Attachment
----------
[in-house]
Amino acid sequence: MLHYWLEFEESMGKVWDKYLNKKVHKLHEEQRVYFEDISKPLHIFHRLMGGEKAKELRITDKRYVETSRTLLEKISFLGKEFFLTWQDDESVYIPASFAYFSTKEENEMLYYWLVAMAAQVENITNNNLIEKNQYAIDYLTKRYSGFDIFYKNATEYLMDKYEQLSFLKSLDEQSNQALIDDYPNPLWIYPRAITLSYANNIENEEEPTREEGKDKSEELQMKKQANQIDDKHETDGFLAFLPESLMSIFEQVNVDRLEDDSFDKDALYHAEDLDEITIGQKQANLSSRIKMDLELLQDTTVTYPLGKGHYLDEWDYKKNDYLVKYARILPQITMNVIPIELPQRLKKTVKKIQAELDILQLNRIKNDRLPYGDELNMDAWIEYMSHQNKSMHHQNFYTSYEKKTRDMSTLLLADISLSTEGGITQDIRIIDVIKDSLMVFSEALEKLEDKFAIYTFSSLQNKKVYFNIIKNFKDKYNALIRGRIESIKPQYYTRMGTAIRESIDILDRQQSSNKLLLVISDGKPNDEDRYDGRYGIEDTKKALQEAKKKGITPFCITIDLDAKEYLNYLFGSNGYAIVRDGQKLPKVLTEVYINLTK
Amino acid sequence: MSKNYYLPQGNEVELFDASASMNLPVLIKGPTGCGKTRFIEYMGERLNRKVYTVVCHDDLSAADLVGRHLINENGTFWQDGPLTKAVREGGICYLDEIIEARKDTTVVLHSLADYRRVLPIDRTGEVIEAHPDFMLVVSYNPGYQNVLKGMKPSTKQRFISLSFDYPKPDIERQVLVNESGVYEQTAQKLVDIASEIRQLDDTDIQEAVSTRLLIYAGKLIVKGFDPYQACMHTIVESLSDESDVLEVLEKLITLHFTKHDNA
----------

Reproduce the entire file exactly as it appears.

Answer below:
[in-house]
Amino acid sequence: MLHYWLEFEESMGKVWDKYLNKKVHKLHEEQRVYFEDISKPLHIFHRLMGGEKAKELRITDKRYVETSRTLLEKISFLGKEFFLTWQDDESVYIPASFAYFSTKEENEMLYYWLVAMAAQVENITNNNLIEKNQYAIDYLTKRYSGFDIFYKNATEYLMDKYEQLSFLKSLDEQSNQALIDDYPNPLWIYPRAITLSYANNIENEEEPTREEGKDKSEELQMKKQANQIDDKHETDGFLAFLPESLMSIFEQVNVDRLEDDSFDKDALYHAEDLDEITIGQKQANLSSRIKMDLELLQDTTVTYPLGKGHYLDEWDYKKNDYLVKYARILPQITMNVIPIELPQRLKKTVKKIQAELDILQLNRIKNDRLPYGDELNMDAWIEYMSHQNKSMHHQNFYTSYEKKTRDMSTLLLADISLSTEGGITQDIRIIDVIKDSLMVFSEALEKLEDKFAIYTFSSLQNKKVYFNIIKNFKDKYNALIRGRIESIKPQYYTRMGTAIRESIDILDRQQSSNKLLLVISDGKPNDEDRYDGRYGIEDTKKALQEAKKKGITPFCITIDLDAKEYLNYLFGSNGYAIVRDGQKLPKVLTEVYINLTK
Amino acid sequence: MSKNYYLPQGNEVELFDASASMNLPVLIKGPTGCGKTRFIEYMGERLNRKVYTVVCHDDLSAADLVGRHLINENGTFWQDGPLTKAVREGGICYLDEIIEARKDTTVVLHSLADYRRVLPIDRTGEVIEAHPDFMLVVSYNPGYQNVLKGMKPSTKQRFISLSFDYPKPDIERQVLVNESGVYEQTAQKLVDIASEIRQLDDTDIQEAVSTRLLIYAGKLIVKGFDPYQACMHTIVESLSDESDVLEVLEKLITLHFTKHDNA